DEIJ Letter & Strategic Priorities

Letter from the Harvard Dance Center Staff

May 25, 2021

In July of 2020—in the aftermath of several incidents of violence toward unarmed Black Americans—we at the Harvard Dance Center sought external support to clarify and buttress our DEIJ (diversity, equity, inclusion, and justice) efforts.

The past year has afforded an opportunity for reflection across multiple levels.

The racial violence that led to the further rise of the Black Lives Matter movement, as well as the recent increase in antisemitism, Islamophobia, and violence perpetrated against members of Asian-American and Pacific Islander (AAPI) communities, have called greater attention to the injustices that are present in our society. The events of the past year have also prompted reflection on how we as an organization and as individuals interact with these injustices. We have come to see clearly that organizations are not race-neutral, and that as organizational leaders, we can be agents for change.

As the “silence is complicity” call rang out in the summer of 2020, the imperative we felt to examine our work grew stronger. In what ways was the Harvard Dance Center—embedded in an institution of extreme privilege—promoting justice and equity? And in what ways were we, despite our best intentions, supporting injustice and inequity, or not being fully inclusive, in relation to race or other salient forms of identity among our community members?

It was in this spirit that we reached out to and contracted with EBDI Consulting to assess our existing DEIJ efforts, and to imagine possibilities—with resource constraints in mind—for how we could be a part of the solution to the institutional injustices and inequities that have plagued our society for generations.

On this day—the one-year anniversary of the murder of George Floyd—we write to share what has come of this work.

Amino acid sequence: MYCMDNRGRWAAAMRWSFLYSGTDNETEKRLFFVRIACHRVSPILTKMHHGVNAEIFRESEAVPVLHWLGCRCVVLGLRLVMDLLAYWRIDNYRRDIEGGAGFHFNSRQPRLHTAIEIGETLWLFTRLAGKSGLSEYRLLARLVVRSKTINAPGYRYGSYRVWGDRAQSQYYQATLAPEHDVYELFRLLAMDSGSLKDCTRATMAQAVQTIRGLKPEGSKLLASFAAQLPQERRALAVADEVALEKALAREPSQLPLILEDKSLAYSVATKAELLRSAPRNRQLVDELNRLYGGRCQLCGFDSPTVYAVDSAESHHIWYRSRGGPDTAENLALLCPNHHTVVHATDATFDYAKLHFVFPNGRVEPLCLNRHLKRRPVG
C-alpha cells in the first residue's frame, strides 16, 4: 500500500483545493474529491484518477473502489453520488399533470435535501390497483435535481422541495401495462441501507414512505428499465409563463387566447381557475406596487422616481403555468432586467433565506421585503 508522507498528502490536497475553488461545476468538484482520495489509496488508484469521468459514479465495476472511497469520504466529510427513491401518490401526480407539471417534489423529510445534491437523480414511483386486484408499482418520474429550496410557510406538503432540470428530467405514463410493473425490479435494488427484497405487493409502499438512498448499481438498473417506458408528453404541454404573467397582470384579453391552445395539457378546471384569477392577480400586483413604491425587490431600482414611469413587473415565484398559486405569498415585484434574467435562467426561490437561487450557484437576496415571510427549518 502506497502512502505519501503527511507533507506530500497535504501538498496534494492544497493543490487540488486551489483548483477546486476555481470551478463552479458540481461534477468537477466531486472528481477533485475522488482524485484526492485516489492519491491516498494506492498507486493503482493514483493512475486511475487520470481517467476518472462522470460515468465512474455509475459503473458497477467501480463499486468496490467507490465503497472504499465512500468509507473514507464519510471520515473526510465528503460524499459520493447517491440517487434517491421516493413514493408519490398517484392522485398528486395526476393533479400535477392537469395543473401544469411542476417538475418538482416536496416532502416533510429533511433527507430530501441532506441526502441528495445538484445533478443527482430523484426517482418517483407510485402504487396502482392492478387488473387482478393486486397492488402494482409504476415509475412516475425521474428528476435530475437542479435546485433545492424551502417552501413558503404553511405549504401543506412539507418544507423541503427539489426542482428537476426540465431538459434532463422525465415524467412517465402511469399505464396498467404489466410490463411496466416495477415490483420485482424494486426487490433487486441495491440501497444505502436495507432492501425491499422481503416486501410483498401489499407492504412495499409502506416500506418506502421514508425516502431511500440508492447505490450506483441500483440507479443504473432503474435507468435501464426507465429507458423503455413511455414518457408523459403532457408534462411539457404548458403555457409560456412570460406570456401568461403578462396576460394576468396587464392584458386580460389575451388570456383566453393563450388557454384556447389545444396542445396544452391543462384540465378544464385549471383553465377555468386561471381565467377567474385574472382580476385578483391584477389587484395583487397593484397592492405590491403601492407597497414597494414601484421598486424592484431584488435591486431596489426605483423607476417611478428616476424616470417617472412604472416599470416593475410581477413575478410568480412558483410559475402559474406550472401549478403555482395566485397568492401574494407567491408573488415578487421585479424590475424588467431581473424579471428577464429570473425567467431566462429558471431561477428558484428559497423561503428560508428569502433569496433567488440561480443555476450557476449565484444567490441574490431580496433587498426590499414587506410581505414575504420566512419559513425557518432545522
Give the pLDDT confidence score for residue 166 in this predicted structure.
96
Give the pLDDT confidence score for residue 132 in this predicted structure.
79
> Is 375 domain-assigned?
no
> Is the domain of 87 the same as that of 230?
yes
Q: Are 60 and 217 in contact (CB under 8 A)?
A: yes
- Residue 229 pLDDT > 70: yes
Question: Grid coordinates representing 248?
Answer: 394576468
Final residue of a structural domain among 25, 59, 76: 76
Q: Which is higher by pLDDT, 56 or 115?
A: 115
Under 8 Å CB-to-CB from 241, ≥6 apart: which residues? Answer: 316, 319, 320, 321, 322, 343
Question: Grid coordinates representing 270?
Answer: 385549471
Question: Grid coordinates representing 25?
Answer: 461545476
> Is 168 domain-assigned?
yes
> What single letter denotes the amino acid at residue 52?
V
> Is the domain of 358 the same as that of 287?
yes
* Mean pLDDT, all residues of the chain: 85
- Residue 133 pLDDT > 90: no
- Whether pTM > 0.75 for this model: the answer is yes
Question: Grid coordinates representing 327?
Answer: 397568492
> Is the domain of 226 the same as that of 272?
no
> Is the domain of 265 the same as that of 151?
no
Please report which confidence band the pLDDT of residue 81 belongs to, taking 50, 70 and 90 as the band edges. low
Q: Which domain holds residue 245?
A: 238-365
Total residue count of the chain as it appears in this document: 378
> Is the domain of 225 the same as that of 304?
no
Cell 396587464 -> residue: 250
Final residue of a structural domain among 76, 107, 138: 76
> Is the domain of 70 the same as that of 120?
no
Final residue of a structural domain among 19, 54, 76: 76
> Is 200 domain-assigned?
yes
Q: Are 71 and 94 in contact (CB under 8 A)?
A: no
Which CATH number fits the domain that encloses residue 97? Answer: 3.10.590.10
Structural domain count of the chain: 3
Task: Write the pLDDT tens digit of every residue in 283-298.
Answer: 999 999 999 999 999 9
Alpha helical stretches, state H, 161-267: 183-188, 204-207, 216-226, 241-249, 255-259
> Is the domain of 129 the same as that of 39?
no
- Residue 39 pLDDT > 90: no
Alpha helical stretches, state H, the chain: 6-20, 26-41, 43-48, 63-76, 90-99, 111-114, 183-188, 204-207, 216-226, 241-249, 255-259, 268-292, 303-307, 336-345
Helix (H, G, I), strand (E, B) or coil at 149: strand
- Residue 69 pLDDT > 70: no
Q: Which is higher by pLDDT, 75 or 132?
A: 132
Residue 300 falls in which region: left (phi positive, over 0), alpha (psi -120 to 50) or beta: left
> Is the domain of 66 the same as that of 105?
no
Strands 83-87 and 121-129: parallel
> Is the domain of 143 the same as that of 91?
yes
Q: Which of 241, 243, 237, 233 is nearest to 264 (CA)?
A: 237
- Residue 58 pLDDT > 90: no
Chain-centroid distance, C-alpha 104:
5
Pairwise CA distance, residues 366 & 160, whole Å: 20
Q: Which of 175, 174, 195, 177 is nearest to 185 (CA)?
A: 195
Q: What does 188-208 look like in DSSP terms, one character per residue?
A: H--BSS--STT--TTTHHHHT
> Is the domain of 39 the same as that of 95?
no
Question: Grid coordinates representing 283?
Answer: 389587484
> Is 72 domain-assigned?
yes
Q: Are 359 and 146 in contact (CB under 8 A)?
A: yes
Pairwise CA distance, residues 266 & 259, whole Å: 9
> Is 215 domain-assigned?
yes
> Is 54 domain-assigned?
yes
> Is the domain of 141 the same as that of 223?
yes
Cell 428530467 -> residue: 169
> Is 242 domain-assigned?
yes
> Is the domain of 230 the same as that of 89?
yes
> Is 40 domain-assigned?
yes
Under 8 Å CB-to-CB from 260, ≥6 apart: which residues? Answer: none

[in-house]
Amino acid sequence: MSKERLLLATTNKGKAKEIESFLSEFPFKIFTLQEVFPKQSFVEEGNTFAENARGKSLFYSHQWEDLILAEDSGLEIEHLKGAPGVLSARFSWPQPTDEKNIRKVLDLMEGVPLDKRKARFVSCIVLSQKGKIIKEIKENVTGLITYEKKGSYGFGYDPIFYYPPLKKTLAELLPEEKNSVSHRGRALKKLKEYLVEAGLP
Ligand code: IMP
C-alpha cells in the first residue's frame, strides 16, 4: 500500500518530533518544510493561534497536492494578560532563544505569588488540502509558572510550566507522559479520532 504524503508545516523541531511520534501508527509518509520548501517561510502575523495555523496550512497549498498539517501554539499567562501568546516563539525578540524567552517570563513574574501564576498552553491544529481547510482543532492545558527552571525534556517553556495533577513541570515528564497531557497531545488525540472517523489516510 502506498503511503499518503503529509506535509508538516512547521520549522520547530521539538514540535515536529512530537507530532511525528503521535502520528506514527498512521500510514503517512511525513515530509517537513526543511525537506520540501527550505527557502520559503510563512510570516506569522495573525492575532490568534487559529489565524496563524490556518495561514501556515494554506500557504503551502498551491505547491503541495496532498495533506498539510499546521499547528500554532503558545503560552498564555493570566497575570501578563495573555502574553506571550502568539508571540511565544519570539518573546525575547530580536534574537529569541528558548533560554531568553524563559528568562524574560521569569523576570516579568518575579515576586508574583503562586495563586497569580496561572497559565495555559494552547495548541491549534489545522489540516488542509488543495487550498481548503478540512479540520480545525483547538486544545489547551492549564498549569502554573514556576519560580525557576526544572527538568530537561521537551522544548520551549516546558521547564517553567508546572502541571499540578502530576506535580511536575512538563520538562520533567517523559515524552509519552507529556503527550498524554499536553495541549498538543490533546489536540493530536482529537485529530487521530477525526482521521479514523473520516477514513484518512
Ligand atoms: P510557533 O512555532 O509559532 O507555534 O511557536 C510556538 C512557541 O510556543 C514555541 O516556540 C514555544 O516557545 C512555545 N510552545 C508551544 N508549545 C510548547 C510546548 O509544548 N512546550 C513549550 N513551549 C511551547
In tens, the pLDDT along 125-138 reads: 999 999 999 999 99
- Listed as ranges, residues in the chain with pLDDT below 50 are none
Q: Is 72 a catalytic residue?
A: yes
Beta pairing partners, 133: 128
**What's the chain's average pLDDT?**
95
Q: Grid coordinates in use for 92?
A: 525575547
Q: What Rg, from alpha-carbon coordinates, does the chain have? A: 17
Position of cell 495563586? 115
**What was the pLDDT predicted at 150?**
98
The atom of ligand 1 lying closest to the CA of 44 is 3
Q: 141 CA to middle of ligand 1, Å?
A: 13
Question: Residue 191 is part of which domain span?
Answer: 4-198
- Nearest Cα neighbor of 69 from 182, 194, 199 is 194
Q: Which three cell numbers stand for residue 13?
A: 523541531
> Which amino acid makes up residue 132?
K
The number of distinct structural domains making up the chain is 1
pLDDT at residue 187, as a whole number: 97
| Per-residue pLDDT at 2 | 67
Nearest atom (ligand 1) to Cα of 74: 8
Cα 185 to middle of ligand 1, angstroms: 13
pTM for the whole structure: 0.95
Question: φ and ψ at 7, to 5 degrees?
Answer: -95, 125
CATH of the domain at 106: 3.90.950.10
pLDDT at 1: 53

At the Dance Center, we conceive diversity, equity, inclusion and justice as follows:       

  • Diversity. The extent to which there are differences among people, ideas, practices, traditions, approaches, and methodologies in a group.
  • Equity. The provision of resources and support such that people are given what they need to thrive; distinct from equality, which is the provision of the same resources and support to everyone.
  • Inclusion. The extent to which diversity is acknowledged and embraced, and a state in which people of all backgrounds—not just members of historically powerful identity groups—are fairly treated and valued for who they are.
  • Justice. A state in which everyone receives equitable economic, political, and social rights and opportunities. Put in other terms, justice is a desired state that can only be achieved through equitable and inclusive practices.

With these definitions in mind, we invited members of our community to answer the following questions:

  • How do members of the Harvard Dance Center community experience the Dance Center?
  • In what ways is Harvard Dance Center promoting justice, equity and inclusion? In what ways is it falling short of its goals of being a just, equitable and inclusive entity?

To address these questions, we reflected on both structural and cultural issues. The former emphasizes the ways that we have or have not provided equitable access to the Dance Center’s resources. The latter refers to the environment that we create.

Based on this work, we have created a page that outlines our DEIJ work and strategic priorities. Section I of this page provides a brief overview of the data collected by EBDI, our partner in our ongoing strategic work. Section II provides context for the different groups within the Harvard Dance Center community and, in the spirit of transparency and accessibility, details the resources that we offer these sub-communities. In Section III, we highlight the programs and structures that we have implemented to support DEIJ at the Dance Center. Lastly, Section IV highlights additional steps that we will take in relation to DEIJ in the coming 2021-22 academic year.

With a spirit of solidarity and hope in these tumultuous times, we are proud to present our work.


Jill Johnson
Director, Harvard Dance Center
Head of Dance/Senior Lecturer, Theater, Dance & Media

Kirsten Leonard
Administrative Manager for Dance

Elizabeth Epsen
Communications and Programs Coordinator for Dance